London & South East

Boulestin: Vive la différence!

Boulestin- 5 St James’s Street

Developed by restaurateur Joel Kissin, Boulestin is a brand new French restaurant set to open its doors in September.

Located at 5 St James’s Street, the eatery takes its name from celebrated French chef Xavier Marcel Boulestin, the late writer and restaurant owner behind the original Boulestin restaurant, which opened in 1927.

Taking influences from the former chef, but moving in its own direction, Boulestin comprises a luxury bistro, a private dining room and Café Marcel, which presents a lighter menu. CW Consulting was the Project Manager and Cost Consultant on Boulestin, whilst Design LSM was the designer with Frank De Biasi Interiors and DG Professional Interiors was the fit-out contractor.

Discussing the new restaurant, CW Consulting Managing Director, Chris Wall, said:

“Joel has extensive experience in the restaurant industry, having previously worked with business partner Sir Terence Conran on many high profile and trendsetting restaurants in the ‘80s and ‘90s. Joel moved to America for a while, but has now returned to the UK with Boulestin being his first solo project.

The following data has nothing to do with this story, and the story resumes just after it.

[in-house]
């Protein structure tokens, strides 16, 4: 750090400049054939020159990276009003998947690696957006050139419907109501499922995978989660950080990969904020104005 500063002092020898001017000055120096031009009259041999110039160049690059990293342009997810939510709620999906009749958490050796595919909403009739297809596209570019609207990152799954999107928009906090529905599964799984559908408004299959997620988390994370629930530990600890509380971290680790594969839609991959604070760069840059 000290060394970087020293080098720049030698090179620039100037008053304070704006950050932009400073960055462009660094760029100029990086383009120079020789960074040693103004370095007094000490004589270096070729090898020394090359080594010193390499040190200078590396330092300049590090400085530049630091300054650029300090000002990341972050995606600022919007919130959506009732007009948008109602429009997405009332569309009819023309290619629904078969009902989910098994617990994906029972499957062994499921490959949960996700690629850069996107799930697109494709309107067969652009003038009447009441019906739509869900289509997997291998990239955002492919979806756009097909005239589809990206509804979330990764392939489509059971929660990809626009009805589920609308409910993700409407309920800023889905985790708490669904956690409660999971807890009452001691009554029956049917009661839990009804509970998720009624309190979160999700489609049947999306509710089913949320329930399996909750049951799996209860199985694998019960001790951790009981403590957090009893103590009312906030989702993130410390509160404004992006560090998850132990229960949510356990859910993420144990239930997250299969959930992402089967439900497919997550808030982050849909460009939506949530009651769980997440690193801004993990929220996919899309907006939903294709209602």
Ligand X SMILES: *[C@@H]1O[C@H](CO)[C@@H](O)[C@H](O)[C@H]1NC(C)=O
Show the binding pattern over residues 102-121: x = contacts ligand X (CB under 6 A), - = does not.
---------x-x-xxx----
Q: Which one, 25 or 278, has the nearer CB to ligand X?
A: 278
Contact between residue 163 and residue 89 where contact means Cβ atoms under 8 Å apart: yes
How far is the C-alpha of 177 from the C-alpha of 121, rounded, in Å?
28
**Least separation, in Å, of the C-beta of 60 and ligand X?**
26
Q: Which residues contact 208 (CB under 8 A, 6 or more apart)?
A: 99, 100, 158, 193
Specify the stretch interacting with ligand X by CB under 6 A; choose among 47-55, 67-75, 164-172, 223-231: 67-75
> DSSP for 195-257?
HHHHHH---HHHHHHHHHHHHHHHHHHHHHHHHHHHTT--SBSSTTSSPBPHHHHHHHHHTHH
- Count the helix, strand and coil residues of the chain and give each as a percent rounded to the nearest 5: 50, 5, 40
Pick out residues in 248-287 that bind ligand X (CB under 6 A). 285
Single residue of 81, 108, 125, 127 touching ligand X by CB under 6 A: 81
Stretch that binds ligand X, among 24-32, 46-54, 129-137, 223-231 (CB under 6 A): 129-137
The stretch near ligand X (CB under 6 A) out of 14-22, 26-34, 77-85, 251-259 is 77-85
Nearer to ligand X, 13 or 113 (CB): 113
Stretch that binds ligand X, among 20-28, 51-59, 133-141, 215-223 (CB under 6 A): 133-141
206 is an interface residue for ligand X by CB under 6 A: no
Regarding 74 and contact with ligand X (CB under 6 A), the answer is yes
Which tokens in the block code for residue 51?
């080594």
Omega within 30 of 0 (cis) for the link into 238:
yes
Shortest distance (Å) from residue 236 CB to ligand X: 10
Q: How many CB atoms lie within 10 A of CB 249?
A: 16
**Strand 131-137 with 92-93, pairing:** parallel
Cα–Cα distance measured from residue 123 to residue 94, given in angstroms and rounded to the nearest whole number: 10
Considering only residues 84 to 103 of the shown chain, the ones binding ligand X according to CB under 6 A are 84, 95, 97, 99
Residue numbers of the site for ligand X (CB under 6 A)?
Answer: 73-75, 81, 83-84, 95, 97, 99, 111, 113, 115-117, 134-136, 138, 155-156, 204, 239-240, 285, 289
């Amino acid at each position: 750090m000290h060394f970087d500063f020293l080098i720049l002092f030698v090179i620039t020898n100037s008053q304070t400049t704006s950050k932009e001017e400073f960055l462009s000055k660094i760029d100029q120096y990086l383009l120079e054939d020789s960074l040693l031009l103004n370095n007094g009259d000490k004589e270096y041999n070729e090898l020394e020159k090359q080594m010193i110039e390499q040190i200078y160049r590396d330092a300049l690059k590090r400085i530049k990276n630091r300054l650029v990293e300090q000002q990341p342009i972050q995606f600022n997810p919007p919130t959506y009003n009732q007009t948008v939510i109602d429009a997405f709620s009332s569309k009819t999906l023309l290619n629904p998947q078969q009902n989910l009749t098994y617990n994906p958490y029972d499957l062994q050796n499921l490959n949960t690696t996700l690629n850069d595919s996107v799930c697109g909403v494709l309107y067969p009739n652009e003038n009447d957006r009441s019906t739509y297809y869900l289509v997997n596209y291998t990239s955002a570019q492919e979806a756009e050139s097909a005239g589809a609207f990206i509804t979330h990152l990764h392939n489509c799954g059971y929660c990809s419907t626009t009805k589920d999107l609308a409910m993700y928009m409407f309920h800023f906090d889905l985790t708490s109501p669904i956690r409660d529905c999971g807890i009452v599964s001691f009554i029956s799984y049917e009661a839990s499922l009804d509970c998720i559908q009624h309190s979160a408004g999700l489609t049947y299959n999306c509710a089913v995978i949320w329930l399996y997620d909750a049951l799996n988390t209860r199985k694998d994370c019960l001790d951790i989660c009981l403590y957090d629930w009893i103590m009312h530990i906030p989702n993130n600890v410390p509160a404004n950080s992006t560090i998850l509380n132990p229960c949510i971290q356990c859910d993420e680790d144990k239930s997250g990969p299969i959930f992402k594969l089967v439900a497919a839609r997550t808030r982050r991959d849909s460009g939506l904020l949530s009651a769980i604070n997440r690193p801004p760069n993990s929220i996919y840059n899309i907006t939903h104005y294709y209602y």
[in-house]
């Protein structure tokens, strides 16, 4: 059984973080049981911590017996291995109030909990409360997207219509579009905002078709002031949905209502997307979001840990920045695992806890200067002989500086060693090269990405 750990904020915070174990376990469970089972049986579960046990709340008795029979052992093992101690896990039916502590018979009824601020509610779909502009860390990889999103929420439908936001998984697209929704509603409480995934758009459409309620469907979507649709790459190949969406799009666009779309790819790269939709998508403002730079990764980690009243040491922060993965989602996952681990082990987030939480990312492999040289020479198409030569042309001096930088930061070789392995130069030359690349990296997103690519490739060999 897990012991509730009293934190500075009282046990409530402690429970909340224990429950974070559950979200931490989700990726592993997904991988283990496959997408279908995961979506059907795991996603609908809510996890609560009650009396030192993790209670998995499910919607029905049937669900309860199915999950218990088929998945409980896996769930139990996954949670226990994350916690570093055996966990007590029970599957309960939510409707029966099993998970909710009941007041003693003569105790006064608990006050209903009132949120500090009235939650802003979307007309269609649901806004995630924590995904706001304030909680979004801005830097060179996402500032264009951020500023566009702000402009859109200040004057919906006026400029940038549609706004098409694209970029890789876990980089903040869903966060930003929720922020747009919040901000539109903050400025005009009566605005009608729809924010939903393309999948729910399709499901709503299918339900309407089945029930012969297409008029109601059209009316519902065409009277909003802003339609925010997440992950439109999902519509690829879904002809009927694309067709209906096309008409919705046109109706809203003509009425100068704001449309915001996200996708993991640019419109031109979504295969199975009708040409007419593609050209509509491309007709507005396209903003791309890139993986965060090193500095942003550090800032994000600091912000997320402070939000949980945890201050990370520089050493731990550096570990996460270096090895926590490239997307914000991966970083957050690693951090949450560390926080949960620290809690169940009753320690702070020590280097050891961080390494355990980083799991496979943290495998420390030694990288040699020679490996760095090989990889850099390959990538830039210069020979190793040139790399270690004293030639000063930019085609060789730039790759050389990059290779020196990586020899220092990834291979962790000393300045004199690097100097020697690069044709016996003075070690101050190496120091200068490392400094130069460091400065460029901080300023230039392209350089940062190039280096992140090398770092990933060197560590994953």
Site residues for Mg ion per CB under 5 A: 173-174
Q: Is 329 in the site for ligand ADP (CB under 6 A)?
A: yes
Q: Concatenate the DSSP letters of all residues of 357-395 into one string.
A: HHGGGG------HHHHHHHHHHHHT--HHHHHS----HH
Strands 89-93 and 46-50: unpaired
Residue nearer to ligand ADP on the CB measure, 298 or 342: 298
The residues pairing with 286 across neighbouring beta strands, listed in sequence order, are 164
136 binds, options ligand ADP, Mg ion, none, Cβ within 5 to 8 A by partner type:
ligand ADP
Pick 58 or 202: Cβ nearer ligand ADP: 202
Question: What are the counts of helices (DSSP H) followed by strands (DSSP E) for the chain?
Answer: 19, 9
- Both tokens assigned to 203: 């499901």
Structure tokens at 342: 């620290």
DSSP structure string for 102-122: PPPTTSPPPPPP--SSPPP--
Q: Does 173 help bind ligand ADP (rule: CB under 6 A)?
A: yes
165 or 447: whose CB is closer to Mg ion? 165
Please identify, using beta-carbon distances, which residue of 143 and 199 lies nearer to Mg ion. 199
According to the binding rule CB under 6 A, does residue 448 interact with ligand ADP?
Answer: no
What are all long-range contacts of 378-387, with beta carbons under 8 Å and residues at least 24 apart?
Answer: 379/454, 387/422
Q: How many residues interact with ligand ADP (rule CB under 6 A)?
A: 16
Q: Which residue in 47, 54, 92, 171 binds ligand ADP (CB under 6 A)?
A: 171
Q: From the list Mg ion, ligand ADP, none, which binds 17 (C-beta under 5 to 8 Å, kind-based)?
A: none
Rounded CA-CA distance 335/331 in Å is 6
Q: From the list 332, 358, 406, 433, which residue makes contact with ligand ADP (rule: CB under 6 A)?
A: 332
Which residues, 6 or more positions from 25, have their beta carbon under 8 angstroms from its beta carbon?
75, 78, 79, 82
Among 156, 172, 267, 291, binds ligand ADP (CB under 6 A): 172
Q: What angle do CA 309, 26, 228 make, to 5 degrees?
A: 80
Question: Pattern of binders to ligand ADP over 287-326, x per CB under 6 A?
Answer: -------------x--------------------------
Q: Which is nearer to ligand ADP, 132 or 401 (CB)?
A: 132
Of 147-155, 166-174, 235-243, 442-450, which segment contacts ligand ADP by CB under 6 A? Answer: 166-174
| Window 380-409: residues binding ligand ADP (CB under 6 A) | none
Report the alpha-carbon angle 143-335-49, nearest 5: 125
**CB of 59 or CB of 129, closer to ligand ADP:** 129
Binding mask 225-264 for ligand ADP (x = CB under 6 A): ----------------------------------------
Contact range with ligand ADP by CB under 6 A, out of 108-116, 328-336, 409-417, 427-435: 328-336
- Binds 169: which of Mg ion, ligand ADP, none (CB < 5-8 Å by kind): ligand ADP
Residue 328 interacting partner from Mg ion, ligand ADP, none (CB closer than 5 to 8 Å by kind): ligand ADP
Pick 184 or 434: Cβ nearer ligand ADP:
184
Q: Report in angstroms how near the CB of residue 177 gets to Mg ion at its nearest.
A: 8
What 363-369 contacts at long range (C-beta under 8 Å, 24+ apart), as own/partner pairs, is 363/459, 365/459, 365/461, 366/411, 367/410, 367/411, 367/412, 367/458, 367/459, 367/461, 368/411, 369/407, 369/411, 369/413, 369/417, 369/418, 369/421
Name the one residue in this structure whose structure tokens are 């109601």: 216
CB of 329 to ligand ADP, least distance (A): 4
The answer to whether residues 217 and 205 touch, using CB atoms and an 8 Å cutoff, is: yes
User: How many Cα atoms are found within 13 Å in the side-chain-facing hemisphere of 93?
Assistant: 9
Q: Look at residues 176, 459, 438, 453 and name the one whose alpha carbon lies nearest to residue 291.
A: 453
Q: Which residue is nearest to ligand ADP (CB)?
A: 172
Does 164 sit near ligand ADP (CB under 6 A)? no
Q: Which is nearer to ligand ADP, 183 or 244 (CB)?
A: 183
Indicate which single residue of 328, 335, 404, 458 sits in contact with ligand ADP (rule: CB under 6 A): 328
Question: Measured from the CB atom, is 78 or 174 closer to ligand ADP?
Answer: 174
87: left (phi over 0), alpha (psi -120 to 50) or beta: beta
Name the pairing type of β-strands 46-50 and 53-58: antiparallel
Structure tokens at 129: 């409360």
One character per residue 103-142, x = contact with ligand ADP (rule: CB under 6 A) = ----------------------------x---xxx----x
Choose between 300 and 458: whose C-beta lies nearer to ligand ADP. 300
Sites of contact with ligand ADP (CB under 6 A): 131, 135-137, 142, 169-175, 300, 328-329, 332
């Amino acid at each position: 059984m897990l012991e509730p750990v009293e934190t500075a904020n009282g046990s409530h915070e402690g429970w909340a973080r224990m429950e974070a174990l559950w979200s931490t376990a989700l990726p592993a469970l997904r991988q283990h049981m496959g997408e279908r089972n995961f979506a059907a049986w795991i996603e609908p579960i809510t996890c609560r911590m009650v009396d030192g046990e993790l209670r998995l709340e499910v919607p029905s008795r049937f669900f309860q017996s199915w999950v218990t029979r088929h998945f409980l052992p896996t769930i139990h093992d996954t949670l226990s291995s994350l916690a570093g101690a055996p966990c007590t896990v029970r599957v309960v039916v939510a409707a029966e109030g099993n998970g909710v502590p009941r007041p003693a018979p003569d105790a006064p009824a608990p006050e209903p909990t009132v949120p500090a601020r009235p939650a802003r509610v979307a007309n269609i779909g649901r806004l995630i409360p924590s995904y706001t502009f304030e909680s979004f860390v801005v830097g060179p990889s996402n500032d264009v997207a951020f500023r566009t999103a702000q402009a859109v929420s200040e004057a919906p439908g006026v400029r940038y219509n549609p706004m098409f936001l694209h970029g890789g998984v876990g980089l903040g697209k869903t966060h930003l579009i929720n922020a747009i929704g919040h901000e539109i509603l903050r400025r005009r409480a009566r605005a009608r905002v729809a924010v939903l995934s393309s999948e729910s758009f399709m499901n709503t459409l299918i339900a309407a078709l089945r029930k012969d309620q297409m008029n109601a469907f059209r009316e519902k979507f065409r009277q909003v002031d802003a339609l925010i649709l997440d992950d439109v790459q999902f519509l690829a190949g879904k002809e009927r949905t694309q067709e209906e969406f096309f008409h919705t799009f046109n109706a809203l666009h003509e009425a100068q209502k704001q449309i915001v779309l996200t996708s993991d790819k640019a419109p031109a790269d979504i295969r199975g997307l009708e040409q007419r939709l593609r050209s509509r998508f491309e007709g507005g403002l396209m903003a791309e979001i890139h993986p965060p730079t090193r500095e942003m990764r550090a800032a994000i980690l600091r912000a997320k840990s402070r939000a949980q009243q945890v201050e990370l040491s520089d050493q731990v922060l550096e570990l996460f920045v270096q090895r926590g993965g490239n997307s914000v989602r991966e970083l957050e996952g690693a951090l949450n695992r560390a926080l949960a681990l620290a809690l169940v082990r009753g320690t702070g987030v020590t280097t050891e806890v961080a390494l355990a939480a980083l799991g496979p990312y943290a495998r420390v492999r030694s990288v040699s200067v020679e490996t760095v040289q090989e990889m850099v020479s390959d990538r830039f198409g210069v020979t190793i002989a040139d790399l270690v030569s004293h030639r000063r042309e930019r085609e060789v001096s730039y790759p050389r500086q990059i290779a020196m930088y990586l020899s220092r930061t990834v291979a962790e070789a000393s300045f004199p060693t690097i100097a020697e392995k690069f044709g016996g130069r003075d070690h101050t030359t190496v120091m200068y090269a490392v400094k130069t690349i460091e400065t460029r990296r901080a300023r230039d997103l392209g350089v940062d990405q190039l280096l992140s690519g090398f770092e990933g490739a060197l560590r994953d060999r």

“Boulestin is situated on St James’s Street and replaces a former restaurant L’Oranger which had an interesting history in its own right. Joel has transformed L’Oranger into a French restaurant, which takes its initial influence from Xavier Marcel Boulestin. Joel is reinvigorating the name, but with a twist so that the restaurant is not a retread of what was previously in existence, but rather a new interpretation of a French restaurant.

Boulestin- 5 St James’s Street

“Café Marcel is located at the front, with a bar and a restaurant to the rear, whilst downstairs is a private dining space and bar.”

Work began on Boulestin in May 2013 and was completed in just 10 weeks. A key design feature of Boulestin is its impressive ceramic tiled floor, which comprises a black and white design with an illusional twist using materials sourced from Portugal. Additional features include a marble bar and cognac-coloured leather banquette seating.

Chris commented: “This was a fast track project. We almost completely stripped the site back to its bare shell and started again, installing a mostly new kitchen on both the ground floor and the basement. Cold prep areas were placed into the basement, offices were installed on the second floor and everything was completed efficiently.